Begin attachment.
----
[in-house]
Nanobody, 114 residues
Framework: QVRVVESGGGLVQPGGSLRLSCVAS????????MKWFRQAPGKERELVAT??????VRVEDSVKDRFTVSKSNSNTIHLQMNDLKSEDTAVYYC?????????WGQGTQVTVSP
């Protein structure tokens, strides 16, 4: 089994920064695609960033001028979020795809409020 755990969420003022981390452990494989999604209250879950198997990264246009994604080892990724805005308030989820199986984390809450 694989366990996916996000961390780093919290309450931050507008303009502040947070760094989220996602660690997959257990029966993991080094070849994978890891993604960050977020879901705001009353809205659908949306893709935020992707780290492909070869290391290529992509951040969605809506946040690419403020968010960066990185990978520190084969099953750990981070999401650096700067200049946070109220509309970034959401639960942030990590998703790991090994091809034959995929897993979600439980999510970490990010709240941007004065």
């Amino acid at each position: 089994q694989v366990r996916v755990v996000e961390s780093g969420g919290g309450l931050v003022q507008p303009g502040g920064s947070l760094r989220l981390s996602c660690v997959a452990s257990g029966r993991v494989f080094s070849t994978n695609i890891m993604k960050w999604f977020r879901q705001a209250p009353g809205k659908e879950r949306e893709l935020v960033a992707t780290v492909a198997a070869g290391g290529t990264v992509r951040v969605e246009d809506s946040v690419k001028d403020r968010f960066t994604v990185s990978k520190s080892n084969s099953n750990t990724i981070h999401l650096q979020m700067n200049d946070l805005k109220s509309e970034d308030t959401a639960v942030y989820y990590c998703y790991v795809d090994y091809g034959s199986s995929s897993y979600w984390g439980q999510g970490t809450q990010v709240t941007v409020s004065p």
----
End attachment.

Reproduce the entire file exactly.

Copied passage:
[in-house]
Nanobody, 114 residues
Framework: QVRVVESGGGLVQPGGSLRLSCVAS????????MKWFRQAPGKERELVAT??????VRVEDSVKDRFTVSKSNSNTIHLQMNDLKSEDTAVYYC?????????WGQGTQVTVSP
């Protein structure tokens, strides 16, 4: 089994920064695609960033001028979020795809409020 755990969420003022981390452990494989999604209250879950198997990264246009994604080892990724805005308030989820199986984390809450 694989366990996916996000961390780093919290309450931050507008303009502040947070760094989220996602660690997959257990029966993991080094070849994978890891993604960050977020879901705001009353809205659908949306893709935020992707780290492909070869290391290529992509951040969605809506946040690419403020968010960066990185990978520190084969099953750990981070999401650096700067200049946070109220509309970034959401639960942030990590998703790991090994091809034959995929897993979600439980999510970490990010709240941007004065």
């Amino acid at each position: 089994q694989v366990r996916v755990v996000e961390s780093g969420g919290g309450l931050v003022q507008p303009g502040g920064s947070l760094r989220l981390s996602c660690v997959a452990s257990g029966r993991v494989f080094s070849t994978n695609i890891m993604k960050w999604f977020r879901q705001a209250p009353g809205k659908e879950r949306e893709l935020v960033a992707t780290v492909a198997a070869g290391g290529t990264v992509r951040v969605e246009d809506s946040v690419k001028d403020r968010f960066t994604v990185s990978k520190s080892n084969s099953n750990t990724i981070h999401l650096q979020m700067n200049d946070l805005k109220s509309e970034d308030t959401a639960v942030y989820y990590c998703y790991v795809d090994y091809g034959s199986s995929s897993y979600w984390g439980q999510g970490t809450q990010v709240t941007v409020s004065p």